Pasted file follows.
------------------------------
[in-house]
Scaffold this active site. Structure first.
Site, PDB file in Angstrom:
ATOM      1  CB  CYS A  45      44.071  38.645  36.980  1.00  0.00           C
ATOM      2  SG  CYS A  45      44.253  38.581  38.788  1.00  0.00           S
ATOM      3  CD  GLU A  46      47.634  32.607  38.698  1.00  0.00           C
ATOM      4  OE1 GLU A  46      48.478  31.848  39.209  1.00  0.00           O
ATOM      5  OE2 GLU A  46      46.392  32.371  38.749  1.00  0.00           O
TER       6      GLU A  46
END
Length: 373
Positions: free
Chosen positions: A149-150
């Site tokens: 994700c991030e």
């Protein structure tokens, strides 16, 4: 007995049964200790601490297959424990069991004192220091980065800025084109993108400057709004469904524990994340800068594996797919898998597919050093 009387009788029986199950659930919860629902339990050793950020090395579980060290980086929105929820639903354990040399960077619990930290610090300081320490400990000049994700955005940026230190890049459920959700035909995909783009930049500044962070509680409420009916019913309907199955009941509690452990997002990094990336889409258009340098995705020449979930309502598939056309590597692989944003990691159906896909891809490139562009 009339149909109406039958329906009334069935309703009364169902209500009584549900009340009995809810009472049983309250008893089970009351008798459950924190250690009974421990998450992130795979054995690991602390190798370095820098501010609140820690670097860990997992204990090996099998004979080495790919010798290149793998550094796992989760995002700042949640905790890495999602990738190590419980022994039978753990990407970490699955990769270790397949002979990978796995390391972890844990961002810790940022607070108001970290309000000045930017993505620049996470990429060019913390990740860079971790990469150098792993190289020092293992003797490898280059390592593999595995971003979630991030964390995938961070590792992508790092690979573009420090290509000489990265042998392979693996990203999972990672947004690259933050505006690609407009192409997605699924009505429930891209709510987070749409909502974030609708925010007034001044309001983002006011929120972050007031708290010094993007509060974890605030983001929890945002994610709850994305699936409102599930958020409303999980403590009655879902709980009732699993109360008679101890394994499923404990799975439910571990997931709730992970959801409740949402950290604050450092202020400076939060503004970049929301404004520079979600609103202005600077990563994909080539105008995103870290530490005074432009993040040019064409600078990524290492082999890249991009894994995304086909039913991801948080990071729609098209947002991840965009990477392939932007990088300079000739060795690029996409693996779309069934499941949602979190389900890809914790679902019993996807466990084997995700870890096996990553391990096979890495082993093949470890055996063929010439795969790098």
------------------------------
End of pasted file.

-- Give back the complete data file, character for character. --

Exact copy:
[in-house]
Scaffold this active site. Structure first.
Site, PDB file in Angstrom:
ATOM      1  CB  CYS A  45      44.071  38.645  36.980  1.00  0.00           C
ATOM      2  SG  CYS A  45      44.253  38.581  38.788  1.00  0.00           S
ATOM      3  CD  GLU A  46      47.634  32.607  38.698  1.00  0.00           C
ATOM      4  OE1 GLU A  46      48.478  31.848  39.209  1.00  0.00           O
ATOM      5  OE2 GLU A  46      46.392  32.371  38.749  1.00  0.00           O
TER       6      GLU A  46
END
Length: 373
Positions: free
Chosen positions: A149-150
């Site tokens: 994700c991030e």
């Protein structure tokens, strides 16, 4: 007995049964200790601490297959424990069991004192220091980065800025084109993108400057709004469904524990994340800068594996797919898998597919050093 009387009788029986199950659930919860629902339990050793950020090395579980060290980086929105929820639903354990040399960077619990930290610090300081320490400990000049994700955005940026230190890049459920959700035909995909783009930049500044962070509680409420009916019913309907199955009941509690452990997002990094990336889409258009340098995705020449979930309502598939056309590597692989944003990691159906896909891809490139562009 009339149909109406039958329906009334069935309703009364169902209500009584549900009340009995809810009472049983309250008893089970009351008798459950924190250690009974421990998450992130795979054995690991602390190798370095820098501010609140820690670097860990997992204990090996099998004979080495790919010798290149793998550094796992989760995002700042949640905790890495999602990738190590419980022994039978753990990407970490699955990769270790397949002979990978796995390391972890844990961002810790940022607070108001970290309000000045930017993505620049996470990429060019913390990740860079971790990469150098792993190289020092293992003797490898280059390592593999595995971003979630991030964390995938961070590792992508790092690979573009420090290509000489990265042998392979693996990203999972990672947004690259933050505006690609407009192409997605699924009505429930891209709510987070749409909502974030609708925010007034001044309001983002006011929120972050007031708290010094993007509060974890605030983001929890945002994610709850994305699936409102599930958020409303999980403590009655879902709980009732699993109360008679101890394994499923404990799975439910571990997931709730992970959801409740949402950290604050450092202020400076939060503004970049929301404004520079979600609103202005600077990563994909080539105008995103870290530490005074432009993040040019064409600078990524290492082999890249991009894994995304086909039913991801948080990071729609098209947002991840965009990477392939932007990088300079000739060795690029996409693996779309069934499941949602979190389900890809914790679902019993996807466990084997995700870890096996990553391990096979890495082993093949470890055996063929010439795969790098």